Rio Olympics 2016, Golf; Anirban Lahiri, India's best hope
A pensive faced Anirban Lahiri stared down the green on the 9th hole at The Royal Latham and St. Anne’s Golf Club as he prepared to take a routine tee shot. All he wanted to do here was to play a nice approach shot so that he could attempt a relatively easy putt for a birdie at the par 3 hole. The Pune born lad was playing at the 2012 Open championship and it was his first ever appearance at a Golf Major.
Having already secured the cut with a stunning (68/72), he was not content looking to cap off the biggest sporting achievement of his life so far without a flourish.
A high backlift, that unmistakable swing and with a sharp metallic swish, the ball flew off the tee to land on the edge of the green, one bounce, two bounces, three bounces and the ball rolled into the hole. A hole in one! As high-fives flew all round backed up by a generous smattering of applause, what the world witnessed that day in Scotland was the coming of age of a new Indian sporting icon.
Golf has always been looked upon in India as more a privilege than a mainstream sport; an innocuous pastime to occupy the less productive hours of the Indian elite. The emergence of the current crop of Indian golfers though, the likes of Anirban Lahiri, Shiv Kapur and SSP Chawrasia has seen the game gradually shift from the aforementioned so called aristocracy to one that is enjoyed by more and more people from middle class sections of society.
Anirban in particular has undoubtedly been the torchbearer for the sport in India in recent times with some spectacular displays in a number of major tournaments, the unmatched high coming at the 2015 PGA Championship where he finished tied fifth, the best ever finish by an Indian professional golfer at a major.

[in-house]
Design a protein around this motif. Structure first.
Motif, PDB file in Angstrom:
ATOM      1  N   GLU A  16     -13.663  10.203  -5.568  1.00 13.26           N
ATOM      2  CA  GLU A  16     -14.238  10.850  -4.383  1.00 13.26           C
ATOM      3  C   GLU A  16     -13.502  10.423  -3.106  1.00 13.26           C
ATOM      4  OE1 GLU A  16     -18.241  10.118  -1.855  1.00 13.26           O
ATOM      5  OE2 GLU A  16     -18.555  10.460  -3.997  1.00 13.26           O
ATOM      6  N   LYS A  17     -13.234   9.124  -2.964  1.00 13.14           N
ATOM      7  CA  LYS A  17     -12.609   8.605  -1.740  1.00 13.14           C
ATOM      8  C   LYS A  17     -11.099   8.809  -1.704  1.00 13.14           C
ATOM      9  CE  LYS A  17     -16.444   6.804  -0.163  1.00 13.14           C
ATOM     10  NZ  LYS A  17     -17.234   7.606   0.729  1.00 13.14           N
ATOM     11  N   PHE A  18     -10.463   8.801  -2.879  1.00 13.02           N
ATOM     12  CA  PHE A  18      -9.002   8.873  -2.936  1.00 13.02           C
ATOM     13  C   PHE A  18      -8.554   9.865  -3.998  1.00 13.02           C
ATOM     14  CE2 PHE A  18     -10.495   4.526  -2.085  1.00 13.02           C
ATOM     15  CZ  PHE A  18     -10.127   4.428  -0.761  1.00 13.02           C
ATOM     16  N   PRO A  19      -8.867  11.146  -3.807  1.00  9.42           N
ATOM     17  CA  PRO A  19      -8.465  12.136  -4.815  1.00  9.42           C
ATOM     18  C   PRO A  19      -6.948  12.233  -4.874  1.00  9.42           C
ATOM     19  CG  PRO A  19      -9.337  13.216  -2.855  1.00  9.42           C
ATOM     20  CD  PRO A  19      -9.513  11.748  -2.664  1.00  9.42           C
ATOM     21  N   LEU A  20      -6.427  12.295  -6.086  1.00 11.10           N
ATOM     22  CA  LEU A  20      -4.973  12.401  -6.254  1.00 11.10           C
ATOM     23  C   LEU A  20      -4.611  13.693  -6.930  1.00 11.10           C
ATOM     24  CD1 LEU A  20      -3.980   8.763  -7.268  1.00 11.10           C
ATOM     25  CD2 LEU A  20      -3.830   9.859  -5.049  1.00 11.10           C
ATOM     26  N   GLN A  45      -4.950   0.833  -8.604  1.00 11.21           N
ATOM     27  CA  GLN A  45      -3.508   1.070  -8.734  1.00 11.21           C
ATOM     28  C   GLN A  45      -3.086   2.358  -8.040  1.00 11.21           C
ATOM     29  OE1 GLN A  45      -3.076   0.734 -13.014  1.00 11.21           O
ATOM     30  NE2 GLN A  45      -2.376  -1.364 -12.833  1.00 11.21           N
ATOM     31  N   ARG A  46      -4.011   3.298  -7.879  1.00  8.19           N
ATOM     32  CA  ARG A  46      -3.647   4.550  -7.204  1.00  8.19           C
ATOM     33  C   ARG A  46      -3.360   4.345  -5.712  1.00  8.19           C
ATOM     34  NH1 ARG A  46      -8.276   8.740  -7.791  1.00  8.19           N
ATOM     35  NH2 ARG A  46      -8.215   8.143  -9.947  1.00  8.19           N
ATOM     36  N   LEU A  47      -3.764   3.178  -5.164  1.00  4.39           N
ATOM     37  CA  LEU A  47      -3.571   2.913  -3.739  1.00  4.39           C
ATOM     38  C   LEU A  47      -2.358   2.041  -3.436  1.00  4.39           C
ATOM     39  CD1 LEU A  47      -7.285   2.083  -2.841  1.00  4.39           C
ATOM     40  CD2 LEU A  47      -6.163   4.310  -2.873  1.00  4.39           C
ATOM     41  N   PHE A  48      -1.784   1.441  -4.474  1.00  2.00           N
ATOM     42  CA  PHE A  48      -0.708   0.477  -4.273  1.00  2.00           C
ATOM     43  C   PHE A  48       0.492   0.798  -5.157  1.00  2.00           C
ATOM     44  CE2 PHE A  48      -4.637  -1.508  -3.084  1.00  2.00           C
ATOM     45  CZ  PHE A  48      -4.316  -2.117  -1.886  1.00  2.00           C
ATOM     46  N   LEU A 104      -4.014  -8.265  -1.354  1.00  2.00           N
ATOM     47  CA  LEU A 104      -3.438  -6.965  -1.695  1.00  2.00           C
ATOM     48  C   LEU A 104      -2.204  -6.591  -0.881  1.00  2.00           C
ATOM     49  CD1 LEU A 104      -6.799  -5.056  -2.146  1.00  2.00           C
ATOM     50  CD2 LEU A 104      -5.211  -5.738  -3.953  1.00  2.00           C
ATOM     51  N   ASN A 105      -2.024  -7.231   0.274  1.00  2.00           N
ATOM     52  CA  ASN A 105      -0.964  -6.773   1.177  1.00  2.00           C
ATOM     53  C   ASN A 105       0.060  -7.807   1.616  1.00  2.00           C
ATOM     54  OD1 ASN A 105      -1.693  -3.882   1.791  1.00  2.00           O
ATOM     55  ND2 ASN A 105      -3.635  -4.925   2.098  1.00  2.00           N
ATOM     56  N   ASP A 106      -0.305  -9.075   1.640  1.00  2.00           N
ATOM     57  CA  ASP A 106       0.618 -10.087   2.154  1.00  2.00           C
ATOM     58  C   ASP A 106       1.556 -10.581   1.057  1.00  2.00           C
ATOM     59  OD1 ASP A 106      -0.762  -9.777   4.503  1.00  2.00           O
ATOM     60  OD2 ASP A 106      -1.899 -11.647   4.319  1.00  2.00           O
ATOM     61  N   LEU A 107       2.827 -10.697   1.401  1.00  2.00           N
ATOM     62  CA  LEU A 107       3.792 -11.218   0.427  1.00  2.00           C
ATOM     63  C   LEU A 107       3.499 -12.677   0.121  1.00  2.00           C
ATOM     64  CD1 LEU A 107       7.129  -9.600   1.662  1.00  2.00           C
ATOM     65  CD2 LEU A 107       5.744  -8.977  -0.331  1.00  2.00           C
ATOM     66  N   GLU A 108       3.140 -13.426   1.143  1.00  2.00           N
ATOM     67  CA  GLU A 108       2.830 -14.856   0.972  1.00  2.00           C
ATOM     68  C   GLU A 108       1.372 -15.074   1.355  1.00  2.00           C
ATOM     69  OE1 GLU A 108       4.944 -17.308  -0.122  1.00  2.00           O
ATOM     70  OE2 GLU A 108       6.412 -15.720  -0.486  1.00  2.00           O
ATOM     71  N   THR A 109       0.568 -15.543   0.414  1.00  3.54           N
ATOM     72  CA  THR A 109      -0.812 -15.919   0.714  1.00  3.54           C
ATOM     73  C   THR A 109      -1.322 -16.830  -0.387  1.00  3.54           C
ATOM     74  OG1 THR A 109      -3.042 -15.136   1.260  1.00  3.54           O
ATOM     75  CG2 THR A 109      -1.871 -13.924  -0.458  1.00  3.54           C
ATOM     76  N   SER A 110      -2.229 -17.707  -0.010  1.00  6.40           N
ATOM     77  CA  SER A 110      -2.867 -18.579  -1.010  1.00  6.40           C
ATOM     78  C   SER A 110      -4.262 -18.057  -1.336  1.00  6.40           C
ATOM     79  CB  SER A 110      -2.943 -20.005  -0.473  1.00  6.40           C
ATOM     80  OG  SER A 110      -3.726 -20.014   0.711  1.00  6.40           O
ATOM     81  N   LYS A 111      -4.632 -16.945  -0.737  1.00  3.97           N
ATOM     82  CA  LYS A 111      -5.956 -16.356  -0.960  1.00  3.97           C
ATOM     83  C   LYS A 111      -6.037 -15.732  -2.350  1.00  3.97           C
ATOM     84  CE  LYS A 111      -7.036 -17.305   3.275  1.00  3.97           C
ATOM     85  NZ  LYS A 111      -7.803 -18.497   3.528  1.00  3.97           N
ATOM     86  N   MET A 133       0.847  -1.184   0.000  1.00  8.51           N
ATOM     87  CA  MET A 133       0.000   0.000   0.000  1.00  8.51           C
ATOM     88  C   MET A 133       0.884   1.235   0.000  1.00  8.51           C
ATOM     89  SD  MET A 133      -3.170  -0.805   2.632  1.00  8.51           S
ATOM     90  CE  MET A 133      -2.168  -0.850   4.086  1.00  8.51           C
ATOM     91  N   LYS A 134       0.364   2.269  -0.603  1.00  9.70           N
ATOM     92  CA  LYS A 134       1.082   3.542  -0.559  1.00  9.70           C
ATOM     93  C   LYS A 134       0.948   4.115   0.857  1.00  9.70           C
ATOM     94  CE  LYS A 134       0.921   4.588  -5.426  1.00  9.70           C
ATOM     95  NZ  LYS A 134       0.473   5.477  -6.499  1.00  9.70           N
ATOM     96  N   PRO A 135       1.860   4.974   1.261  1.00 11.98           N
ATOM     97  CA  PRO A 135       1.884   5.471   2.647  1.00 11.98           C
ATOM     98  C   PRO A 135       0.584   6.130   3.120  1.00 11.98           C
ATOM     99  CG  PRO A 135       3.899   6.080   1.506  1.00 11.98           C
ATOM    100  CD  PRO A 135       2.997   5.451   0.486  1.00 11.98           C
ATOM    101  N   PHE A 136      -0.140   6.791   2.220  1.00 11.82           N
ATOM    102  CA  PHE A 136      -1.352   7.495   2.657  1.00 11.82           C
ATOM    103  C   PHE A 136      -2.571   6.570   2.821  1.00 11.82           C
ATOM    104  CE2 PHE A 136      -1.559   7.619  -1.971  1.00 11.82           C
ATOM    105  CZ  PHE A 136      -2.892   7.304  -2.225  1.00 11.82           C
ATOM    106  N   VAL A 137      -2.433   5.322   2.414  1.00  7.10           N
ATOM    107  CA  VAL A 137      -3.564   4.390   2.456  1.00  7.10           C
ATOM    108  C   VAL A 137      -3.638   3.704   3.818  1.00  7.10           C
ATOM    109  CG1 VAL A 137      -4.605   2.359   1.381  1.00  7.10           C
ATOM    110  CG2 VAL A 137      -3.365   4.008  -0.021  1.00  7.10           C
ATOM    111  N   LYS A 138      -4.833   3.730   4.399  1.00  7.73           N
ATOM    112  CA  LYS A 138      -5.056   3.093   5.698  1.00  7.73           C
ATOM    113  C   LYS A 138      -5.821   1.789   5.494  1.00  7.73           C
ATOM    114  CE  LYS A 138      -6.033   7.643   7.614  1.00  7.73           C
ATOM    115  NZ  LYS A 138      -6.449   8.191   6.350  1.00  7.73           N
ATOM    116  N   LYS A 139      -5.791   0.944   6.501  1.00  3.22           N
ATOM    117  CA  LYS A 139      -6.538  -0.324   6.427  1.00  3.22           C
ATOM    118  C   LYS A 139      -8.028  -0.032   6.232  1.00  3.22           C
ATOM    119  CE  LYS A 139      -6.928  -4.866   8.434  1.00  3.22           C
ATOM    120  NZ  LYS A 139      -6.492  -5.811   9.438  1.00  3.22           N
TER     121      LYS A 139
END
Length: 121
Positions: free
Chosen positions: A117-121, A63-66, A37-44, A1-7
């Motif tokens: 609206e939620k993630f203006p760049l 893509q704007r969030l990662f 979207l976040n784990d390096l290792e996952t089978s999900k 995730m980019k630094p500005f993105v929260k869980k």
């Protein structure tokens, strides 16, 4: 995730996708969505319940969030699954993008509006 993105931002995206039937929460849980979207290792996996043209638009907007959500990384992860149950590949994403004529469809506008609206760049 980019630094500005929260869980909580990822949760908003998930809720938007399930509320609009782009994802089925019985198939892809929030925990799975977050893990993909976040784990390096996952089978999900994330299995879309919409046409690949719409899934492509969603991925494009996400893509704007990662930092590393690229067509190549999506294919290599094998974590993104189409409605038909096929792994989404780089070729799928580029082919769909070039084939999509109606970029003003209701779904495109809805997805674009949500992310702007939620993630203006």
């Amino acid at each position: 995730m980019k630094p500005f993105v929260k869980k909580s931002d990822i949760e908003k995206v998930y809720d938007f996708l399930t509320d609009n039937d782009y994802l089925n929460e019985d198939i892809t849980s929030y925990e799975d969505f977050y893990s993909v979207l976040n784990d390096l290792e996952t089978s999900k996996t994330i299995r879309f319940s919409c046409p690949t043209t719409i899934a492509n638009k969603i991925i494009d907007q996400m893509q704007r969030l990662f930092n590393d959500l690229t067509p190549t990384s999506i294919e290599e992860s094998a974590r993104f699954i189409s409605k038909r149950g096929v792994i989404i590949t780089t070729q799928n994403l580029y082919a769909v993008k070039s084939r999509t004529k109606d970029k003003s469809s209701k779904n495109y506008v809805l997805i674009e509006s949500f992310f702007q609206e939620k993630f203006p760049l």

The golf event at Rio has been marred by the pull out of some of the biggest names in golfing, your Rory McIlroys, your Jordan Spieths but it still contains stalwarts like Henrik Sienson and Bubba Watson and it is still one of the top 5 events on the golfing calendar this year. It also opens up the door for the likes of Anirban Lahiri to be real medal contenders, which going by recent results he would have been even if it had been a fully strong field.
Lahiri has been in red hot form throughout the year and it would be a just reward if all those previous results (those near misses) were to become part of the bigger scheme of things culminating with this young Indian pro winning a medal at the Olympic Games.
Lahiri is not the only one who’ll be looking to shine bright for India though. Competition and a stiff one at that, arises in form of long time friend and rival SSP Chawrasia from Kolkata. The two have been involved in some epic clashes over the years including an absolute nail biter at the Hero Indian Open in 2015 which Anirban won via a playoff as the two were tied first after 72 holes.
At Rio though, these two golfers will be each other’s strength, competing against the world first and competing against each other later highlighting the beauty of the Olympics. With the golf event starting at a later stage of the event, scheduled to start on the 11th of August, for now India’s golfing hopes were just happy to be part of the opening ceremony and the parade of the nations. As put by Anirban, “SSP and I will be part of the opening ceremony and you can’t buy that experience.”
When golf makes a much romanticised return to the Olympics after 112 years on Thursday, it is certain that a little more than just the Indian golf aficionados can be found glued to their television sets. So what would it really mean if Lahiri does manage to win a medal at Rio? As Lahiri put it himself “A medal at the Olympics will have a big impact on golf in India.”
The boy who first started training under his father Dr. Tushar Lahiri is now all set to become arguably India’s greatest golfer ever and although it is certain that a place on the podium will be a tough ask from Lahiri, what is also certain is that celebrating an Indian Olympic golf medal on Sunday, the 14th is a real possibility!